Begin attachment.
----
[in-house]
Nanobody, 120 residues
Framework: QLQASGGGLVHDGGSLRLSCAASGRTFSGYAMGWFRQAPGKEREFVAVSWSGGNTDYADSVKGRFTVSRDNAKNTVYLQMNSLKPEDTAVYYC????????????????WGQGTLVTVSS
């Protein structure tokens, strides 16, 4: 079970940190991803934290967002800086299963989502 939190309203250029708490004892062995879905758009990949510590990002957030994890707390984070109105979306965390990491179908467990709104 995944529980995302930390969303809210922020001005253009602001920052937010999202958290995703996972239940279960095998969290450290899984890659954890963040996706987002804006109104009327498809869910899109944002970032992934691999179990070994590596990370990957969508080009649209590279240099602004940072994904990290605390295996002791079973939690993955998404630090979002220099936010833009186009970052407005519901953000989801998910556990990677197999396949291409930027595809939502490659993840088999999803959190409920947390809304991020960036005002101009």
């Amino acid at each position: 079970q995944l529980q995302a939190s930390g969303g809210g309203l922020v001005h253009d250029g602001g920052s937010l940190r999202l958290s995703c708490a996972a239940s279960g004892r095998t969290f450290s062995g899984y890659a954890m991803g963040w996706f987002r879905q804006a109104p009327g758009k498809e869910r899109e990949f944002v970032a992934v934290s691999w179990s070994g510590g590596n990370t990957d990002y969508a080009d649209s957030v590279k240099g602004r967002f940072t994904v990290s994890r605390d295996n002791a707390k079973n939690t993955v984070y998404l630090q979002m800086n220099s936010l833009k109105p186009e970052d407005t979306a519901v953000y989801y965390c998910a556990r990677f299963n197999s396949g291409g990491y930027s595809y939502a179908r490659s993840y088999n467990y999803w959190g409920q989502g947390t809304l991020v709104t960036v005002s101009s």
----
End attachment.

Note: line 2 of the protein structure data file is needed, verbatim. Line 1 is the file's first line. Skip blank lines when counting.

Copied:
Nanobody, 120 residues